Archbishop offers to sell All Saints Church in Maerdy

All Saints Church in Maerdy Campaigners staged a sit-in at All Saints Church

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Campaigners trying to save a church in the Rhondda from closure say they are considering an offer by the Church in Wales to let them buy the building.

The offer was made by Archbishop of Wales Dr Barry Morgan at a meeting on Tuesday night.

Protesters have staged a sit-in at All Saints Church in Maerdy since the beginning of the month.

Dr Morgan said he had "tried to find a compromise", and the church could be bought for less than its market value.

The parochial church council (PCC), which is made up of elected members from the three local churches of Maerdy, Ferndale and Tylorstown - the benefice of Rhondda Fach Uchaf, had voted to close All Saints.

The Maerdy branch had abstained from the vote over the church's future, which needs £400,000 in repairs.

The PCC has refused to give the church a year's reprieve, and the archbishop has refused to overrule that decision because it had been taken by a democratically elected body.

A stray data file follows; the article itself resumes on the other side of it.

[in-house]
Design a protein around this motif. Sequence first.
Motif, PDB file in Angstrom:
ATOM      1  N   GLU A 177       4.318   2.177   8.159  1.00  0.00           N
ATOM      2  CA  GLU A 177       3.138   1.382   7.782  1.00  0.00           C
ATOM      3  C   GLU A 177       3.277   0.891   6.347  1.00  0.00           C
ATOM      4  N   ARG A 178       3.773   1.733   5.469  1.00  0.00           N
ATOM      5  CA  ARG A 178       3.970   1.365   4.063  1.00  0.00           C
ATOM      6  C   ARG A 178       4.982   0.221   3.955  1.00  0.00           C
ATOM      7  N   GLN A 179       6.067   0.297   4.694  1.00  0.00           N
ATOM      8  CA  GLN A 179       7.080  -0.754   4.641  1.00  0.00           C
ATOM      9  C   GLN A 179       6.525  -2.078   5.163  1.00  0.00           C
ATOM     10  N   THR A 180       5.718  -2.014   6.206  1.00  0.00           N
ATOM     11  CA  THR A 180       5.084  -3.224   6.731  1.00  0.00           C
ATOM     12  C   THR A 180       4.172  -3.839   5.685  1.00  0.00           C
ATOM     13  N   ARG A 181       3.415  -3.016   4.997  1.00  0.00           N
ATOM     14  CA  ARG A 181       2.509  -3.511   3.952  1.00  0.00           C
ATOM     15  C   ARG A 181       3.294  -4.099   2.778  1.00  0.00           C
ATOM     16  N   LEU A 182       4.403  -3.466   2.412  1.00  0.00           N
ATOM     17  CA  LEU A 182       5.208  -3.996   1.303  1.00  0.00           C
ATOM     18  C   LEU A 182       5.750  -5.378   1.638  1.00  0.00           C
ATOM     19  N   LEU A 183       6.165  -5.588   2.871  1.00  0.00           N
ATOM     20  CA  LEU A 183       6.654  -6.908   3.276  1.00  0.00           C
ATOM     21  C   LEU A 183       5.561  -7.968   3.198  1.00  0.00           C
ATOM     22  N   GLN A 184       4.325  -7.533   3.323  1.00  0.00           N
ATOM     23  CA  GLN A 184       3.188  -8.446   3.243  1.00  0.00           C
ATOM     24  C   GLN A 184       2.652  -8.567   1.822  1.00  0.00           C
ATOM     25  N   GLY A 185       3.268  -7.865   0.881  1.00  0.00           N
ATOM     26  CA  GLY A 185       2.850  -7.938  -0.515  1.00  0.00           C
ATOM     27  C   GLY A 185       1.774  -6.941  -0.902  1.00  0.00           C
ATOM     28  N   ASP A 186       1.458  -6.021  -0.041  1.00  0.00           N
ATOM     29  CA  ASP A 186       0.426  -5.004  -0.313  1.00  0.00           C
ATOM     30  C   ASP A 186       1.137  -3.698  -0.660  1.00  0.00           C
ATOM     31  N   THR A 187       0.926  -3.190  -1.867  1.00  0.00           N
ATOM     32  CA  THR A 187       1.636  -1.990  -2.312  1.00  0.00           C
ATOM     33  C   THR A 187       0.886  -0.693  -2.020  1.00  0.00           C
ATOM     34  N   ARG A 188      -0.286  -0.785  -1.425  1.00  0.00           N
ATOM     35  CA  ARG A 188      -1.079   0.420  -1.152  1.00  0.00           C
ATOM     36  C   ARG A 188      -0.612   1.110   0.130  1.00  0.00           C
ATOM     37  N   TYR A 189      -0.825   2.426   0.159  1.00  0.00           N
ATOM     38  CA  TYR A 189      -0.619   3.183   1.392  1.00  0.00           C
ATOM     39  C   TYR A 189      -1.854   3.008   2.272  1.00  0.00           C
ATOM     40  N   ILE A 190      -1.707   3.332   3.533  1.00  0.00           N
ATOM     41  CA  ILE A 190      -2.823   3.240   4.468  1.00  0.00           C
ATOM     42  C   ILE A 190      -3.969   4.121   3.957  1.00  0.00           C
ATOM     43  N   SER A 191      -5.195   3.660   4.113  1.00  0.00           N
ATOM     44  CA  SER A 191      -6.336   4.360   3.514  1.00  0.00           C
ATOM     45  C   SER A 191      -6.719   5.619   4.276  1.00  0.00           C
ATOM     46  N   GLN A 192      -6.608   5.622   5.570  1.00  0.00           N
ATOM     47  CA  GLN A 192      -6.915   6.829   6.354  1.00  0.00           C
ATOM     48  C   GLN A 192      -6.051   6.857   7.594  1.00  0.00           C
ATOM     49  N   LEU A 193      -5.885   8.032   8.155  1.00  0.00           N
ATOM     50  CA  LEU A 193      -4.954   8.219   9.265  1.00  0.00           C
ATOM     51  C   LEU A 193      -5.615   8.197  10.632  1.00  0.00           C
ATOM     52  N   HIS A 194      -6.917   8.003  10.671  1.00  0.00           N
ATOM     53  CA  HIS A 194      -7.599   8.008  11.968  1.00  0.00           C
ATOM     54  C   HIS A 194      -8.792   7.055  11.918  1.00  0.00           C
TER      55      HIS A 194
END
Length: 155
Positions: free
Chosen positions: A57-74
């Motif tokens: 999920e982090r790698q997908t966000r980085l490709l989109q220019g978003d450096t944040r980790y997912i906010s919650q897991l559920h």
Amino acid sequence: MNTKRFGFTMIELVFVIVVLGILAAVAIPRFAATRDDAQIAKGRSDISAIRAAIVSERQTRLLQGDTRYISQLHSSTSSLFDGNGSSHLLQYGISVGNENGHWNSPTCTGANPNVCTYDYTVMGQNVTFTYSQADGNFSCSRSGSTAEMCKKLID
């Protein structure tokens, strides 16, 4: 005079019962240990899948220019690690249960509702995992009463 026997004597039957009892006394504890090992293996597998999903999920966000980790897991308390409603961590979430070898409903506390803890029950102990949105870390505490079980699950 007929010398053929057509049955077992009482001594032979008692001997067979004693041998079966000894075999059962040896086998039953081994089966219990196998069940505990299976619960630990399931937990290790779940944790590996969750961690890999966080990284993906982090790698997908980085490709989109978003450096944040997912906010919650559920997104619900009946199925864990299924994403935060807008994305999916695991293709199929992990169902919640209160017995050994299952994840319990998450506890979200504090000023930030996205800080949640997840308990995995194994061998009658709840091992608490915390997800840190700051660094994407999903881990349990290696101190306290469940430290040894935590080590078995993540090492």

The archbishop, who made the offer to sell the church at a PCC meeting in Tylorstown on Tuesday evening before accompanying protesters to All Saints, said it was "a sad situation" to see any church close.

He told parishioners: "What I've said to them is I'll try to find a way for the Church in Wales to transfer this to a charity which you've set up and then you will own this building and you will repair it.

Start Quote

All we asked for is a further 12 months to continue the worship here...”

End Quote Coun Gerwyn Evans

"Once you've put it into a good state of repair then Anglican worship can resume here."

The archbishop also said that three weddings which had been due to take place at All Saints over the next few months would now be able to go ahead.

One protester, Rhondda Cynon Taf councillor Gerwyn Evans, gave a word of caution to parishioners.

He said: "All we asked for is a further 12 months to continue the worship here, as what's happened in the last 126 years. They said 'no'.

"Is this a signal of where the Church in Wales is going to go?

"I would caution every parishioner that's in the Church of Wales, next Sunday, when they go to these churches and worship, is their church going to be next on the market?"

However, the Church in Wales said the decision to close any of its churches was always taken by the local PCC.

Only once the PCC had made the decision could the Church in Wales take steps to close a church.

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